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Luigi GATTI (1740-1817)
Six Sonatas for Violin & Viola (c. 1783)
Sonata No.1, in B Flat Major [12:57]
Sonata No.2, in D Major [14:41]
Sonata No.3, in A Major [13:15]
Sonata No.4, in F Major [11:48]
Sonata No.5, in E Flat Major [17:10]
Sonata No.6, in C Major [15:32]
Paolo Ghidoni (violin), Alfredo Zamara (viola)
rec. 2009, Museo Civico ‘Ala Ponzone’, Cremona, Italy
BRILLIANT CLASSICS 94145 [41:34 + 45:06]

Luigi Gatti may not have been entirely forgotten, but he certainly belongs in that large group of composers who have remained more or less “unregistered in vulgar fame”, as Shakespeare puts it in Antony and Cleopatra.

Luigi Gatti was born in Lazise, on the eastern shore of Lake Garda, his father Francesco having been appointed organist at the church of SS. Zenone e Martino in Lazise in 1739, one year before the birth of Luigi. (The church in the town which now bears the same name was built in the middle years of the nineteenth century, replacing the one that Francesco and his son would have known).

While Luigi was still a boy, the family moved to Mantua. No doubt Luigi received his initial musical education from his father. Later he took minor orders, without having any kind of parish responsibilities. According to the biographical notes provided here by Professor Alessandro Lattanzi of the University of Bern (a major authority on Gatti), “in 1768 [Gatti] entered the Cappella di S. Barbara as second tenor, where he was to rise to vice-maestro in 1779. He was also secondo maestro of the so-called Colonia Filarmonica, which was annexed to the Royal Academy of Mantua and, on the death of Giambattista Pattoni in 1773, he became primo maestro di cappella”. Meanwhile he was also becoming active in the theatre. His opera Allessandro nell’India (using a libretto by Metastasio which had previously been set by Leonardo Vinci in 1729) was a considerable success when performed in Mantua in 1768.Gatti was coming to play a larger role in the cultural life of Mantua. In the following year (1769) he was commissioned to write a cantata, Virgilio e Mantua (Virgil, according to tradition, was born in a village close to Mantua) for the inauguration of the Teatro Scientifico, a private theatre associated with the Reale Accademia of Mantua.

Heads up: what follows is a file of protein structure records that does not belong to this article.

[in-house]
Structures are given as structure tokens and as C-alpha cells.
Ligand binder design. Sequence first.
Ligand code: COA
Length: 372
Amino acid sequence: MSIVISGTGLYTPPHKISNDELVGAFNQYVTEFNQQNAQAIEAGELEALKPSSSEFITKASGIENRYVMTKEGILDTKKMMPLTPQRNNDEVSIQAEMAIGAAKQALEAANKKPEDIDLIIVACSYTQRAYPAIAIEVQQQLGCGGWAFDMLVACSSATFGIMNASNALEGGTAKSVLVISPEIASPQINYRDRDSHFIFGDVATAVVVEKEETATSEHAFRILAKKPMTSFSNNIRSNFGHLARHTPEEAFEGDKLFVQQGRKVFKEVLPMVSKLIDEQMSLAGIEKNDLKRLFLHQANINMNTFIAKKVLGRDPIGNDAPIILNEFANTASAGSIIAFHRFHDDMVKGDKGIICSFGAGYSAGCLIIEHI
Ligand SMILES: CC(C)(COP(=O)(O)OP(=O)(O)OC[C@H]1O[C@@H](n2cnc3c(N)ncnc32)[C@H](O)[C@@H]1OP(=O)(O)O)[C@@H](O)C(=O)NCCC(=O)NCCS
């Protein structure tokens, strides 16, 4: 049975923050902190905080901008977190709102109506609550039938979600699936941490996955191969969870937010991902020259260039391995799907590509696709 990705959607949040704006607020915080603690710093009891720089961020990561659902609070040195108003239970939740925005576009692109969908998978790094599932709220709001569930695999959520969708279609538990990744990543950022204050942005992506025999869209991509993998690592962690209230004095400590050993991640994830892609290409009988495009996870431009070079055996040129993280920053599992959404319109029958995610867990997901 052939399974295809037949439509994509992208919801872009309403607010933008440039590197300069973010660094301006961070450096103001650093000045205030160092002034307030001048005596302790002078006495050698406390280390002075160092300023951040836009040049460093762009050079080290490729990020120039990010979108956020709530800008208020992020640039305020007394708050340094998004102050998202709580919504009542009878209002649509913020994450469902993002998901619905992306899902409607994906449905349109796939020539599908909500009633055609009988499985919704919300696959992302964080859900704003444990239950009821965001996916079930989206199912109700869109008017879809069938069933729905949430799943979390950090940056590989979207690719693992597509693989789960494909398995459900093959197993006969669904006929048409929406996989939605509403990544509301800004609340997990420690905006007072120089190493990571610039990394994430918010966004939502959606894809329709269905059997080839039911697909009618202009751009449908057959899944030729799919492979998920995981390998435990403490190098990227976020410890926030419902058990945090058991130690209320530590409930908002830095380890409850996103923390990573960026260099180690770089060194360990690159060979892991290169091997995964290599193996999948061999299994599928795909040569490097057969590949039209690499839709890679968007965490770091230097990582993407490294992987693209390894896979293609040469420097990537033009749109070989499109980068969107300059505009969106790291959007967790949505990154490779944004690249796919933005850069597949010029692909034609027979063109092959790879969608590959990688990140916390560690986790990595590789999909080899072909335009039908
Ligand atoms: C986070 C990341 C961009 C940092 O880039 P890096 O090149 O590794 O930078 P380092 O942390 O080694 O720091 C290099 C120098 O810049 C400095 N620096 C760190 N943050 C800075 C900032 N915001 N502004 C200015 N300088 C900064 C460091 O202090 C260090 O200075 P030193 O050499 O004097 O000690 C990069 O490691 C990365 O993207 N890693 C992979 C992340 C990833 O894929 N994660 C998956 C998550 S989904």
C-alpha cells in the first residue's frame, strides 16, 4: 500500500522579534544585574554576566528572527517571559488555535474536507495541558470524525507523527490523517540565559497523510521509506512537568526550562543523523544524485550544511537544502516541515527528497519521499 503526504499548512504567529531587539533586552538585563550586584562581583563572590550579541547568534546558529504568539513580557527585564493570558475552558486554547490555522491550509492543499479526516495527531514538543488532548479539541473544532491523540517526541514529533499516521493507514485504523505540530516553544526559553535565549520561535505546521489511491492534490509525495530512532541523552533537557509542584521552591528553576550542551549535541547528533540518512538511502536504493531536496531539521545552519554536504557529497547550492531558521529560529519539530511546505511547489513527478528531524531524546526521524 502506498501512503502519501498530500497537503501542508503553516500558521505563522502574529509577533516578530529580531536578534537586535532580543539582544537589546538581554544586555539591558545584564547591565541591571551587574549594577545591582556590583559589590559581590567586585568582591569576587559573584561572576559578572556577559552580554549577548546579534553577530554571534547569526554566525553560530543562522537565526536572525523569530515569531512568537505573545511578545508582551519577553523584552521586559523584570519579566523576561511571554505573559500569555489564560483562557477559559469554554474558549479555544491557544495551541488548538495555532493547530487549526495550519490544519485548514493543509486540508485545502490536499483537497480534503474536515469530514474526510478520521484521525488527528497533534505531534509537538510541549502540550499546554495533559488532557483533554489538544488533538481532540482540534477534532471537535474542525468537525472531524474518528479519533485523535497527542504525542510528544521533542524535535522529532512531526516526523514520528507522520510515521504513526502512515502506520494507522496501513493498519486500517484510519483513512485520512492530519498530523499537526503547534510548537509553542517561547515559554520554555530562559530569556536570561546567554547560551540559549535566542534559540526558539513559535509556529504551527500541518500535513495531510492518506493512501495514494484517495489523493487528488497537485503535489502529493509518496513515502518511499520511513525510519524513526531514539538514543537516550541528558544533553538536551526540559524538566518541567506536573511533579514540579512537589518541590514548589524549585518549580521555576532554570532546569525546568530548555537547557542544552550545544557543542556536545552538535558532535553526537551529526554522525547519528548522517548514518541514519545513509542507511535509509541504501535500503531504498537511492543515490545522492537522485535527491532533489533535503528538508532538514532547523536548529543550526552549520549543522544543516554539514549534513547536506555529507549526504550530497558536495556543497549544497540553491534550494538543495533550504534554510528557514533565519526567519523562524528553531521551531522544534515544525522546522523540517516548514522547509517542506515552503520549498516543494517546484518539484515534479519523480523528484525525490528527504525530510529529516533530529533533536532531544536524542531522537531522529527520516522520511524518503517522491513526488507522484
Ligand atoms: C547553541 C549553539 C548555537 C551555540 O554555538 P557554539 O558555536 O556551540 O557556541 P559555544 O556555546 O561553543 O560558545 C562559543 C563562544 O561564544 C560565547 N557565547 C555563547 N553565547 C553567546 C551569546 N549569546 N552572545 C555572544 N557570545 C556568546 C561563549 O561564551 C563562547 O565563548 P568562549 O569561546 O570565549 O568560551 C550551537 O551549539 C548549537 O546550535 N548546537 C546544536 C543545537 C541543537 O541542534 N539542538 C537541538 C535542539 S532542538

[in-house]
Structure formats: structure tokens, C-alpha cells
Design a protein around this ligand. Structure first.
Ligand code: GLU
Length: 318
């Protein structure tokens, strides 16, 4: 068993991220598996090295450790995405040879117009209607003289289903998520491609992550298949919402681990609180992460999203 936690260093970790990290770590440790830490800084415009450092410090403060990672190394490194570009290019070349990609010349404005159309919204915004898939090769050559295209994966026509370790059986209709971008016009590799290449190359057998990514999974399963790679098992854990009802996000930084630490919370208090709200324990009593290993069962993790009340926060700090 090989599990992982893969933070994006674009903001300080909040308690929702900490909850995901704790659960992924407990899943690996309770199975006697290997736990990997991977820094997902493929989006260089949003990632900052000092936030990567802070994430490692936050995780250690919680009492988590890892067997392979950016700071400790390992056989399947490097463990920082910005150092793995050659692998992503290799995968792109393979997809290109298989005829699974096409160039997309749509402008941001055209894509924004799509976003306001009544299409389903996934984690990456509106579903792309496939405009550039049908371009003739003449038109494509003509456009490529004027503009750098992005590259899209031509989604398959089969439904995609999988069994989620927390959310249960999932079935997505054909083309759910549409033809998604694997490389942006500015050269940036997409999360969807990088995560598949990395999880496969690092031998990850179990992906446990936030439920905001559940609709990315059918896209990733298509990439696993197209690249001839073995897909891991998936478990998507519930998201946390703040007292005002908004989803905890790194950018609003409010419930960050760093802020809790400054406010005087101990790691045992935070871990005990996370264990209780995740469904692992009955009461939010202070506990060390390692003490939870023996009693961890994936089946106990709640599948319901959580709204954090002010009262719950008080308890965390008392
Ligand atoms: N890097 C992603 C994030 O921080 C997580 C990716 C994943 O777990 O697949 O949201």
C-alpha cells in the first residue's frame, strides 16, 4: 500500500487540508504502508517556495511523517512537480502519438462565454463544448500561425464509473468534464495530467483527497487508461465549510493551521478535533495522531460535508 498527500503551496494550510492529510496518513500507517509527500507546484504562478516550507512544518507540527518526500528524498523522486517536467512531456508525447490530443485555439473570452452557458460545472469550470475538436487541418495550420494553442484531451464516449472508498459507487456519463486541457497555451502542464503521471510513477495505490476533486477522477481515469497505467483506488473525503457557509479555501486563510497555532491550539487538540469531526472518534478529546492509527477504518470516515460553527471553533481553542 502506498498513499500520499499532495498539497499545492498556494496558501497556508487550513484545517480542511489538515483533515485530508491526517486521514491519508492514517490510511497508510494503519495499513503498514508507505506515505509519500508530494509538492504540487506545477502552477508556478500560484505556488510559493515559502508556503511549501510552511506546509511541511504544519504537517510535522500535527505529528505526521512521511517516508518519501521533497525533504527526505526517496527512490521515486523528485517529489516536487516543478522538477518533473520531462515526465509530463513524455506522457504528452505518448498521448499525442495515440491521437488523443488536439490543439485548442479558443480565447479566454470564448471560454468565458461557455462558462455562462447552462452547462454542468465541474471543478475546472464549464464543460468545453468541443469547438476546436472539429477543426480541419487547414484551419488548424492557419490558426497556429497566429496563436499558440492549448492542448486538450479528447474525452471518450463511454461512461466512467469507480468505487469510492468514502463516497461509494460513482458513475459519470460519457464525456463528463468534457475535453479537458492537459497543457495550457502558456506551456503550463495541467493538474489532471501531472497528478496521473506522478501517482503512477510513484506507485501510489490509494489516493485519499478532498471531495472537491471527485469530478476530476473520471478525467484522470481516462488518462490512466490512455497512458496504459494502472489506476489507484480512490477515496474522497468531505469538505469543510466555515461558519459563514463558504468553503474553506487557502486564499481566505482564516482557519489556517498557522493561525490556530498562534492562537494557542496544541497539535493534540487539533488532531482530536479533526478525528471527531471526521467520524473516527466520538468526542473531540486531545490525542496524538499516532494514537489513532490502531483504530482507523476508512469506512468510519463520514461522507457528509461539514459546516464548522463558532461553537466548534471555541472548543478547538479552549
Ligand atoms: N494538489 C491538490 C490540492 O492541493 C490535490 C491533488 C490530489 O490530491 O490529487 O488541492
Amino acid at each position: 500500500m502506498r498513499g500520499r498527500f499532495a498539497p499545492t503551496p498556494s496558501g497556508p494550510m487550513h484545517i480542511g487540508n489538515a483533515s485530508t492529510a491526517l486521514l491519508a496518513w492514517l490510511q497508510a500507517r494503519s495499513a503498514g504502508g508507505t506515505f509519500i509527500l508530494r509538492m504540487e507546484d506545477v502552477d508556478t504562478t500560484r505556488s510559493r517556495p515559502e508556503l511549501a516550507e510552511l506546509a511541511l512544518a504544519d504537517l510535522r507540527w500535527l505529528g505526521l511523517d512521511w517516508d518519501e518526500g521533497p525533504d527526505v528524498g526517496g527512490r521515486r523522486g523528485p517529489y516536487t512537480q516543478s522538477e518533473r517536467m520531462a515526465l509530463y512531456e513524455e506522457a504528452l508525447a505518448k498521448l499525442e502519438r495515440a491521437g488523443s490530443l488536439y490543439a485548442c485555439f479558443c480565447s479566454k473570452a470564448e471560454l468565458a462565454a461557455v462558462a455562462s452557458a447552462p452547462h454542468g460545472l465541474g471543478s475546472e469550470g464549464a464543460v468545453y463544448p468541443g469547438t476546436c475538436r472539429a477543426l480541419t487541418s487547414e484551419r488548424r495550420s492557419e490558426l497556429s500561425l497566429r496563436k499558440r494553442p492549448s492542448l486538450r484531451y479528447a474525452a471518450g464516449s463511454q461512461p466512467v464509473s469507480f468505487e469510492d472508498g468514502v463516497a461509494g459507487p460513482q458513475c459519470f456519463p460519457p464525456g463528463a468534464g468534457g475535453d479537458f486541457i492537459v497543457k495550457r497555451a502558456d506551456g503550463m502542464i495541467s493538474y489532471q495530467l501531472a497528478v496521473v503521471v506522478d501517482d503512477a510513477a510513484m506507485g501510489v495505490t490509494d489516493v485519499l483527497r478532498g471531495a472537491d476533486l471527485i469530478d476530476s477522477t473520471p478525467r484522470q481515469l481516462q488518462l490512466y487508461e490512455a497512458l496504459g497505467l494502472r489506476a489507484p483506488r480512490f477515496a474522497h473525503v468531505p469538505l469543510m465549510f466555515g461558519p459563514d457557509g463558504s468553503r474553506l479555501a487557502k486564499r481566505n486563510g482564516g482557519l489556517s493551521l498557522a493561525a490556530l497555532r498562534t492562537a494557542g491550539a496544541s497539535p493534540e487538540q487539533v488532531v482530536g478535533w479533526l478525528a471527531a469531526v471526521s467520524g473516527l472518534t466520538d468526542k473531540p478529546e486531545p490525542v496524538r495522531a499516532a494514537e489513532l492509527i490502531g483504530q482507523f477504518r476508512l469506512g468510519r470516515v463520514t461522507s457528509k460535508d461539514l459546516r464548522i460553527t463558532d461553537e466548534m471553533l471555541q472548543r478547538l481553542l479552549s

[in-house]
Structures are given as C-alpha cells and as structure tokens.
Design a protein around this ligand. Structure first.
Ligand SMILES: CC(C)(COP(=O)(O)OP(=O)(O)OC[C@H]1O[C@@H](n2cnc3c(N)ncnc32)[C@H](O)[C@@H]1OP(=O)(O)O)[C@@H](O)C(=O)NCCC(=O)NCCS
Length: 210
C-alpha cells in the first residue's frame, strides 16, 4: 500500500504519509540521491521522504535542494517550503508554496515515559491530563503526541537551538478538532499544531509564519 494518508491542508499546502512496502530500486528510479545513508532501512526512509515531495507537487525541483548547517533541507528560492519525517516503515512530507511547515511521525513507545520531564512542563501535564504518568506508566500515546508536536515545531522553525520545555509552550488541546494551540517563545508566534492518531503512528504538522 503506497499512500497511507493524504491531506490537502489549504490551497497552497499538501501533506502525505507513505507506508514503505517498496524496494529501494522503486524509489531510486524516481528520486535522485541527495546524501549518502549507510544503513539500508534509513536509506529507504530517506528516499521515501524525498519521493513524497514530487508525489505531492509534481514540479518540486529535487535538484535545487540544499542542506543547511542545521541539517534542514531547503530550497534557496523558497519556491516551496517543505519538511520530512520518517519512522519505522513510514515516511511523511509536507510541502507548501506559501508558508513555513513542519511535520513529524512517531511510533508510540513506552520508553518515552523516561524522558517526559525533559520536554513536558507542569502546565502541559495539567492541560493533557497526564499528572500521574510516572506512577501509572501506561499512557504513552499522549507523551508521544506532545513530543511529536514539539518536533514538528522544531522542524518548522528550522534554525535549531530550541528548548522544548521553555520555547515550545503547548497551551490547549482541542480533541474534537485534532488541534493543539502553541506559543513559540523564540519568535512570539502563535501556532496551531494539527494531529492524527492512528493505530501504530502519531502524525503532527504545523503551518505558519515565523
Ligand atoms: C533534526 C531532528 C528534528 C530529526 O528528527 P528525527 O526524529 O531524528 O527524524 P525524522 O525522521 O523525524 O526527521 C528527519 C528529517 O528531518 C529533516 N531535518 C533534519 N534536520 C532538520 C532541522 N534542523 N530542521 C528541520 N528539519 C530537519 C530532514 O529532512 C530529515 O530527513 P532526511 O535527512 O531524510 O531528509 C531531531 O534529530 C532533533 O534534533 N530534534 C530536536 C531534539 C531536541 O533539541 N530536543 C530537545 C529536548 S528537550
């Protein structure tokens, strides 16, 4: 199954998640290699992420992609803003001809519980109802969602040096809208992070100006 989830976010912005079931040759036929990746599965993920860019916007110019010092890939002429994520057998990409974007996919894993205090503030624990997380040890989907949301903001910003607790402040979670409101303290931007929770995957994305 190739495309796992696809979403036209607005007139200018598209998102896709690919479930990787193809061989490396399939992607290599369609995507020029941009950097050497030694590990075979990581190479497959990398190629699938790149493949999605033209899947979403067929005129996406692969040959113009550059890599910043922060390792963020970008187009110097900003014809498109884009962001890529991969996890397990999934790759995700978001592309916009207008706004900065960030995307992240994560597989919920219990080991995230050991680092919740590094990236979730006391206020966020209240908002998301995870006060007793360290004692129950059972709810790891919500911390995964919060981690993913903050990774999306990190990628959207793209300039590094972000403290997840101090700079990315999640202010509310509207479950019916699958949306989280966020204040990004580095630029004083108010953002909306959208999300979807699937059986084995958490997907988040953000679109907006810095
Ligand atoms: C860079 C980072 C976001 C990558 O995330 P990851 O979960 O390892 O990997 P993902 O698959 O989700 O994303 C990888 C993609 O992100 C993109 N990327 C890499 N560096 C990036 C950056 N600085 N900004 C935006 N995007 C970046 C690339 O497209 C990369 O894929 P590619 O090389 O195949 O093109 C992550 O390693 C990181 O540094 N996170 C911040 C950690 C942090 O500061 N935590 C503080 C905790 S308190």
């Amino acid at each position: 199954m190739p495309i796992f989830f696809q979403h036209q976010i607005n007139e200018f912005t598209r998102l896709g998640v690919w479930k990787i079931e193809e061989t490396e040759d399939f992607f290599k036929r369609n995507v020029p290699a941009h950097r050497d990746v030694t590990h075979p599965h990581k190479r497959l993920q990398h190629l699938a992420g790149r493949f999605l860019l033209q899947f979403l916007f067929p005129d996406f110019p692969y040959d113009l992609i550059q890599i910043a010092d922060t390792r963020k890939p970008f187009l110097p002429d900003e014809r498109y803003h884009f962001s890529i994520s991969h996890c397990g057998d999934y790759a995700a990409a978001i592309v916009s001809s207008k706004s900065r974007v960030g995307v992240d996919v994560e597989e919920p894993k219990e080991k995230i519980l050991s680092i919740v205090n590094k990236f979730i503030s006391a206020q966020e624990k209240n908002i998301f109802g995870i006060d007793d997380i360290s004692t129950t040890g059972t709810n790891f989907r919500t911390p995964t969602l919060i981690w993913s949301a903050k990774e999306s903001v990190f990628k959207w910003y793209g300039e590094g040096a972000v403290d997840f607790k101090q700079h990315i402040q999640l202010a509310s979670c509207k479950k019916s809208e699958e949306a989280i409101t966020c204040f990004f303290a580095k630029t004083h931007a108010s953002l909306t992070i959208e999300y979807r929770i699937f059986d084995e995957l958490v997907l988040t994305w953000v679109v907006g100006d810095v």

A year later, in January 1770 Gatti met Mozart père et fils at the very handsome church of S. Barbara (built between 1562 and 1572 by the Mantuan architect Giovanni Battista Bertani), as they visited Mantua during the young Mozart’s first Italian journey; Wolfgang gave a concert at the Accademia Filarmonica, and Gatti took the opportunity to copy out the score of one of Mozart’s early masses. (Gatti seems to have been rather good at cultivating relationships with the important and the famous). What a composer needed above all, of course, was patrons. In 1777 another visitor to Mantua offered a significant opportunity. Anton Theodore Colleredo von Waldsee-Mels was the second cousin of Hieronymus Joseph Franz de Paula Graf Colloredo von Wallsee und Melz who, in 1772 had become Prince Archbishop of Salzburg. Anton-Theodore was also the younger brother of Count Carlo Ottavio, who was president of that Reale Accademia of Mantua of which Gatti was by now primo maestro di cappella. So, when soon after being created Archbishop of Olomouc in 1777, Anton-Theodore should come to visit his family in Mantua (his mother was Eleanora Gonzaga) it was perhaps to be expected that the Reale Accademia should do something to mark his visit. This took the form of a cantata in his honour, composed and performed (at his own expense) by Gatti; Anton-Theodore evidently remembered Gatti favourably since, as Alessandro Lattanzi has demonstrated (in his essay ‘Luigi Gatti and Anton Theodore Colleredo’, in Keine Chance für Mozart, ed. E. Neumayr et al, 2013) it was surely he who recommended Gatti for the post of Hofkapellmeister in Salzburg, which post he took up in February 1783 at the invitation of Anton-Theodore’s second cousin – Hieronymus Colleredo, Prince Archbishop of Salzburg. Leopold Mozart had hoped (perhaps expected?) to be given this post himself and he was, to put it mildly, less than pleased that it should have gone to Gatti, of whose abilities he had a low opinion (though some extent this may have been the result of jealousy).